Santiago v. Bowen, 715 F. Supp. 614 (S.D.N.Y. 1989)

US District Court for the Southern District of New York - 715 F. Supp. 614 (S.D.N.Y. 1989)
July 14, 1989

715 F. Supp. 614 (1989)

Rogelio SANTIAGO, Plaintiff,
Otis R. BOWEN, M.D., Secretary of Health and Human Services, Defendant.

No. 88 Civ. 6859 (WK).

United States District Court, S.D. New York.

July 14, 1989.

Toby Golick, Steven M. Weiner, Legal Intern, Cardozo Bet Tzedek Legal Services, New York City, for plaintiff.

Benito Romano, U.S. Atty., S.D. New York, Kathleen A. Zebrowski, Asst. U.S. Atty., New York City, for defendant.


WHITMAN KNAPP, District Judge.

This action seeks reversal of a final determination of the defendant Secretary denying plaintiff's application for Supplemental Security Income (SSI) disability benefits. After the Secretary moved for judgment on the pleadings pursuant to 42 U.S. C. 405(g), we appointed counsel for plaintiff, and plaintiff has now cross-moved for judgment on the pleadings. For reasons which follow, we reverse and remand for calculation of benefits.


We set forth only the facts necessary to our determination. Plaintiff is 58 years old. He was educated through the 8th grade in Puerto Rico, and although illiterate in English, can speak English and can read and write in Spanish. His work history has consisted of physical labor: as a restaurant and grocery store worker, and *615 lastly as a gas station attendant. Plaintiff has not worked since January 12, 1986, when he injured his lumbar spine in a fall on an ice-covered sidewalk.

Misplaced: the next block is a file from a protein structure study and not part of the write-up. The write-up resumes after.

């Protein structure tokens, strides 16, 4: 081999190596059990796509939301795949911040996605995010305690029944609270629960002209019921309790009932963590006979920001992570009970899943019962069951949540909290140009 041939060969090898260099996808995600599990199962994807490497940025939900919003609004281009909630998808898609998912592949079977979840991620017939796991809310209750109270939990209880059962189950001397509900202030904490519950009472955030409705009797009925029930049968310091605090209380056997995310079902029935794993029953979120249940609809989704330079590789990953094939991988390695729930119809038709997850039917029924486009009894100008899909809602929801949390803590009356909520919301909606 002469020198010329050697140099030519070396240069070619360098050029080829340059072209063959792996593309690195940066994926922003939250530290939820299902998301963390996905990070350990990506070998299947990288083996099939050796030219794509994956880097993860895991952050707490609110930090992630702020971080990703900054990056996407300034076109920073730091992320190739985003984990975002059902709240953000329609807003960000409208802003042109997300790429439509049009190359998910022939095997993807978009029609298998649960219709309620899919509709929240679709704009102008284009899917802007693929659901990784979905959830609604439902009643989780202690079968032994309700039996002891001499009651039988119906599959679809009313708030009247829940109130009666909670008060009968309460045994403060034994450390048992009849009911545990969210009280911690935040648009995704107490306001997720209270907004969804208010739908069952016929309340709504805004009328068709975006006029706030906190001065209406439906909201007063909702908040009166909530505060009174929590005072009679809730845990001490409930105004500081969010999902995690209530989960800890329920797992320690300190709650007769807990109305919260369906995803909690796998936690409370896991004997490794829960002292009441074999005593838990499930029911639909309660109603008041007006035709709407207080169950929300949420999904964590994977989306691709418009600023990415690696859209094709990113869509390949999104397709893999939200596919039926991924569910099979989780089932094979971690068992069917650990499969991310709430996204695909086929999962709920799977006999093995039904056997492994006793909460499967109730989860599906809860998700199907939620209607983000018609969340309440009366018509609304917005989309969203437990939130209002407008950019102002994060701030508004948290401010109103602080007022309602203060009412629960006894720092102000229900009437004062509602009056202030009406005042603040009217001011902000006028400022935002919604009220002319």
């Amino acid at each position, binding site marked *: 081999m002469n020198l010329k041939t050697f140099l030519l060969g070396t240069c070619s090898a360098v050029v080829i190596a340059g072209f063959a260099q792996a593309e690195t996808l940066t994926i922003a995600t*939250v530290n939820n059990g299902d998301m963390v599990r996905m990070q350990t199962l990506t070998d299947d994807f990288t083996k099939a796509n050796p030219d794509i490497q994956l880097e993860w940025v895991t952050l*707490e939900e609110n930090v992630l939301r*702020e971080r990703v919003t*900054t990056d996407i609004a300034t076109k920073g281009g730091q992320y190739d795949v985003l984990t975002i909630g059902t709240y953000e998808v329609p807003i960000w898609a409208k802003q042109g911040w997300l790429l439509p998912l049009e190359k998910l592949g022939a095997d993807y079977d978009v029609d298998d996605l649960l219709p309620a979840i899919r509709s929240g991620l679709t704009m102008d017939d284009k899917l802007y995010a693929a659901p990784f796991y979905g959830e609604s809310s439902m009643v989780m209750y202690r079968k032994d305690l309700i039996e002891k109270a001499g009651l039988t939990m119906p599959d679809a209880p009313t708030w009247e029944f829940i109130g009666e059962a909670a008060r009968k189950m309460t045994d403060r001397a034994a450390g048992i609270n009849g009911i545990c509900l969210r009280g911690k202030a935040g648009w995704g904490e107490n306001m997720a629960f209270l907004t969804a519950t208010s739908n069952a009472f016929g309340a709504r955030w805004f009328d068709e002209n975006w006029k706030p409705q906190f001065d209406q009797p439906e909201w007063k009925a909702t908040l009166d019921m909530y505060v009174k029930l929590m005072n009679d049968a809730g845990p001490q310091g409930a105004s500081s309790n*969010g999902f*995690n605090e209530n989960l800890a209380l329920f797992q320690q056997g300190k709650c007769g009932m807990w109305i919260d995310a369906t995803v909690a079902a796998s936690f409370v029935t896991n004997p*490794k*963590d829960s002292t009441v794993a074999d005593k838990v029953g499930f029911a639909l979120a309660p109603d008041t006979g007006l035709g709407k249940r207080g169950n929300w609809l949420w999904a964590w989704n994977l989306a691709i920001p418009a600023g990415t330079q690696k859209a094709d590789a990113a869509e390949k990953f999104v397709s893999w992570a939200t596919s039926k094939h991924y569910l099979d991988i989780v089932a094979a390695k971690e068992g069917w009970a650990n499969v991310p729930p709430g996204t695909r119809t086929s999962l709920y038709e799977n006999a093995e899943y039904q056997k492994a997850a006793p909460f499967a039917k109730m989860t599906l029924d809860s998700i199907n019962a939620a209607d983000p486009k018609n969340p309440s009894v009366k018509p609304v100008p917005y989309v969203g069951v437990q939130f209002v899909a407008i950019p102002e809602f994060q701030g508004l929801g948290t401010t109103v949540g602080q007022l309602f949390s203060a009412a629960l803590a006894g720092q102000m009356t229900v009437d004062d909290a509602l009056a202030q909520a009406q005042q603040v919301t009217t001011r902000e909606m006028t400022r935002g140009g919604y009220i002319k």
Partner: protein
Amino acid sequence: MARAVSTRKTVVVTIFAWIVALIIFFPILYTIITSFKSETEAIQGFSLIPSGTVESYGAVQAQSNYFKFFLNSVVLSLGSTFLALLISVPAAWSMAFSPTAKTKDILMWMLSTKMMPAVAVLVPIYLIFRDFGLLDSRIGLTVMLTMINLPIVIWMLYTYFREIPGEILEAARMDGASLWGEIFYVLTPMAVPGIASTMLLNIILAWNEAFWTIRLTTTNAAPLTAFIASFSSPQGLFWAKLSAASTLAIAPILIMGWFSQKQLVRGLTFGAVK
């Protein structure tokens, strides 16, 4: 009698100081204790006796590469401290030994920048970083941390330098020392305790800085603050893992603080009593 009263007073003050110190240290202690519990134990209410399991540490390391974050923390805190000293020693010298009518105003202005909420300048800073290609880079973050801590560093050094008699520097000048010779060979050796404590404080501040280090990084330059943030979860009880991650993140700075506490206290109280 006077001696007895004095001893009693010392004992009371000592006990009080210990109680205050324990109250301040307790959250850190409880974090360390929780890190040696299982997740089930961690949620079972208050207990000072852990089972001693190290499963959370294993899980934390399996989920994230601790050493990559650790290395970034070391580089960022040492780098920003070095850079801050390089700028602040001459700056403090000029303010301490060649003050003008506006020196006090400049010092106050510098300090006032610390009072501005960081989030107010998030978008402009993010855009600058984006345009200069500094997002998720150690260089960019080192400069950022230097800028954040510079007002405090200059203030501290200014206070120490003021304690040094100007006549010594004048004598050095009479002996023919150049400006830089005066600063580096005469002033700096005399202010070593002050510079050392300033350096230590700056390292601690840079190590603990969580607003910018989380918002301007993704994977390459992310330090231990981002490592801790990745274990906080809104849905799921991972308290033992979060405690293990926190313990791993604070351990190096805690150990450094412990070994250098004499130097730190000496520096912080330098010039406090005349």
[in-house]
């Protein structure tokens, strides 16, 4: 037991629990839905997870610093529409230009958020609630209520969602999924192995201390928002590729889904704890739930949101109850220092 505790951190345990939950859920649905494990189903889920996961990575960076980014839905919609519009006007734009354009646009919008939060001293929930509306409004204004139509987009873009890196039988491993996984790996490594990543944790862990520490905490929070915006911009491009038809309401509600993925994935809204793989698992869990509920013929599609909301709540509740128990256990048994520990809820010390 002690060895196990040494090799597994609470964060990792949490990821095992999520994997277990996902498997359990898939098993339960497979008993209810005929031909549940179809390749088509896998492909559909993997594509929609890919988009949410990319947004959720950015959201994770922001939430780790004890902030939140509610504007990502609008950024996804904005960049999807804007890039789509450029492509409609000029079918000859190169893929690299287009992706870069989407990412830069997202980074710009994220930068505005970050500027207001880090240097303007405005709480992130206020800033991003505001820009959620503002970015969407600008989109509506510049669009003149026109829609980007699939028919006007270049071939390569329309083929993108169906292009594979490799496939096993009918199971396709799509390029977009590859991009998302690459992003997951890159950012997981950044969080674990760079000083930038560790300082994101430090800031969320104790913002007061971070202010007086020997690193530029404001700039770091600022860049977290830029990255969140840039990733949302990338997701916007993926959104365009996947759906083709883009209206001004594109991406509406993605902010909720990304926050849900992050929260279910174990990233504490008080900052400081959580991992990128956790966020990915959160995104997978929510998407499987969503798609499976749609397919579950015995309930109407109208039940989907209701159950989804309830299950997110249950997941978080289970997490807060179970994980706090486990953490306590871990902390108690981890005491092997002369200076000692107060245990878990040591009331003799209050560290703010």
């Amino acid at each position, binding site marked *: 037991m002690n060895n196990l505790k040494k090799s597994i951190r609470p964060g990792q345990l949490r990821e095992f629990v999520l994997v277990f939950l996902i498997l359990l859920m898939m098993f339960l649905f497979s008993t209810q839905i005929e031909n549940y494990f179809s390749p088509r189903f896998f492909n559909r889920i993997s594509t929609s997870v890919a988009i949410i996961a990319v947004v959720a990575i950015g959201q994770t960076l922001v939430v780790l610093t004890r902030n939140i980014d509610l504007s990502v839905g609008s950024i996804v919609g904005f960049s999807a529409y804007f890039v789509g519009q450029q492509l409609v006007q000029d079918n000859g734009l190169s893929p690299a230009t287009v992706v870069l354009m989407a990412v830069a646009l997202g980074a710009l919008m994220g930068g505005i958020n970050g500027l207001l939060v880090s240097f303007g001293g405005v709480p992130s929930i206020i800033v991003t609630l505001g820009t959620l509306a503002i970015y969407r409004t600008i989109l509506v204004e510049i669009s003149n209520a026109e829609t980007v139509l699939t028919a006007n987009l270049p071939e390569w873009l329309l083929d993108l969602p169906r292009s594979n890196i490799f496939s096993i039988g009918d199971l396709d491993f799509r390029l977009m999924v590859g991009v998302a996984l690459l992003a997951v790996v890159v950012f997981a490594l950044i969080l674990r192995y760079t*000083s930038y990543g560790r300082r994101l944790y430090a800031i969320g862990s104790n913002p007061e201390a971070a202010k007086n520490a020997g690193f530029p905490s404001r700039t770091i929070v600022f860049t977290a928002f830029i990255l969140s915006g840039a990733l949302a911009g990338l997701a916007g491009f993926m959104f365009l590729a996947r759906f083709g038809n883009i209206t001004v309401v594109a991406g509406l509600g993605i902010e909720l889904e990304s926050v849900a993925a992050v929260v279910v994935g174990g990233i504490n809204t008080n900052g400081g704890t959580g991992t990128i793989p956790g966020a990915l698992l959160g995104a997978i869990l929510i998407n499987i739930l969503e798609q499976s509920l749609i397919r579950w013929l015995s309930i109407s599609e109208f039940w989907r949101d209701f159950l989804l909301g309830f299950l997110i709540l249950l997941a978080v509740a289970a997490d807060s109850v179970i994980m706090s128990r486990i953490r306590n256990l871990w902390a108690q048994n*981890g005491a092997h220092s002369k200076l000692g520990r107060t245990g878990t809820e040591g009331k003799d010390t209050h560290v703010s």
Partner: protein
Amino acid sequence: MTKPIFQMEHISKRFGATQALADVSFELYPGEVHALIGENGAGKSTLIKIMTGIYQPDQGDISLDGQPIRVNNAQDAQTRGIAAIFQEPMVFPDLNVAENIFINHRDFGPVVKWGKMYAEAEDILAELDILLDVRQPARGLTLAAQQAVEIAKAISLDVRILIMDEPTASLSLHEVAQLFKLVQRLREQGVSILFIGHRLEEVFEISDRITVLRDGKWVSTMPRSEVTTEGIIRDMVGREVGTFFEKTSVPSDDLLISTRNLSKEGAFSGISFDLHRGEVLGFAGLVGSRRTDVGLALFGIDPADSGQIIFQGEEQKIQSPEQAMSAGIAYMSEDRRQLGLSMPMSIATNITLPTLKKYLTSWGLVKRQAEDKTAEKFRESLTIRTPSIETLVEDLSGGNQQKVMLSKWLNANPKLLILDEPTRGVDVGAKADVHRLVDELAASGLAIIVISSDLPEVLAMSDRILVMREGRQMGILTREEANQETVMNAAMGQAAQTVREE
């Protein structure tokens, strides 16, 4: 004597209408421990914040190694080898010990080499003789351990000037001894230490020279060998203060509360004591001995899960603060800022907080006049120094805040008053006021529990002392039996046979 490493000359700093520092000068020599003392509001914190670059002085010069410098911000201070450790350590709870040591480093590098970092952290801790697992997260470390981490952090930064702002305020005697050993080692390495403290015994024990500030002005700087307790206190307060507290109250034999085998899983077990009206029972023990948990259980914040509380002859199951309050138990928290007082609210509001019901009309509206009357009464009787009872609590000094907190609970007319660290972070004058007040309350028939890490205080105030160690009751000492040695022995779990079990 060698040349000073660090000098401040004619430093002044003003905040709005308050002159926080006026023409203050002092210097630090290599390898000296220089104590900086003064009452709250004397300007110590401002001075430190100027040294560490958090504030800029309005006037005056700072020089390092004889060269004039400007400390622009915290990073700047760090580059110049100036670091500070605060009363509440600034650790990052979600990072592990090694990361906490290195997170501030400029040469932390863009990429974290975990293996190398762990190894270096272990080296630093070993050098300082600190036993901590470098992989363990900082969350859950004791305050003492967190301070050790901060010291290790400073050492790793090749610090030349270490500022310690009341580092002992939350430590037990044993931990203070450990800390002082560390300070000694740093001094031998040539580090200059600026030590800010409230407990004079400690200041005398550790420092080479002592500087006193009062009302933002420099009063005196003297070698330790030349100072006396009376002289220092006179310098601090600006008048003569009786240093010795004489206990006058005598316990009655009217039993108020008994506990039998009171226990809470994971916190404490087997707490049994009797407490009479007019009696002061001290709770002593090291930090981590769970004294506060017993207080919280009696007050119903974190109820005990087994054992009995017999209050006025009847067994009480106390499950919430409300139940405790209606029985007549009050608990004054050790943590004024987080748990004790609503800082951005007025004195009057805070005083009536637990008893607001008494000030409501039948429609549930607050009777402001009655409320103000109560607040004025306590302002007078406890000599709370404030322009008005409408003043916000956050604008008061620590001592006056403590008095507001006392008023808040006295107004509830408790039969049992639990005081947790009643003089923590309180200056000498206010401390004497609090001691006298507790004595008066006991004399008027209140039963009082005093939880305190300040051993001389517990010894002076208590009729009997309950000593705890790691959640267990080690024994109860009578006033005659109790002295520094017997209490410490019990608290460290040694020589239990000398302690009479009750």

Plaintiff has been treated twice per week since the accident by Dr. Serafin Izquierdo, a chiropractor. Dr. Izquierdo submitted a letter to the Secretary stating that plaintiff was being treated for "acute low back derangement" with a "possible herniated disc (herniated nucleus palposus)," and further opining that plaintiff was "totally disabled and ... unable to do any type of work." Dr. Izquierdo later completed a residual functional capacity report for the Secretary, in which he diagnosed plaintiff's condition as "Acute Lumbosacral Strain Sprain & Hernia (inguinal). Sciatic Neuritis." He determined plaintiff's prognosis to be "fair to good," but further opined that the condition would last at least 12 months, that plaintiff could sit and/or stand continuously for no more than 10 minutes, that he could not lift or carry at all. He reiterated his opinion that plaintiff "at [that] time [was] totally disabled."

Plaintiff was also examined in connection with this benefits application by Dr. Shumofsky, a consultative physician appointed by the Secretary. Dr. Shumofsky's examination found a normal range of motion in most areas of the body, but upon performance of a straight leg raising test, he noted a finding of "SLR to 70 [degrees]. Can be pushed another 10 [degrees] on either side but [complains of] severe pain in the lower back." Back x-rays disclosed "minimal intervertebral joint changedegenerative arthritis of the right sacroiliac joint." His stated "impression," the concluding portion of his report, was "56 [year old] male [complains of] low back pain with minimal x-ray findings to corroborate this, with SLR to 75 [degrees] with pain." (He further diagnosed a possible heel spur). Dr. Shumofsky gave no opinion as to disability.

The reports of these two doctors comprised the significant medical evidence before ALJ Jeffrey W. Kohlman, who found plaintiff able to perform his past work as a gas station attendant or other "light work." The Appeals Council upheld the ALJ's determination.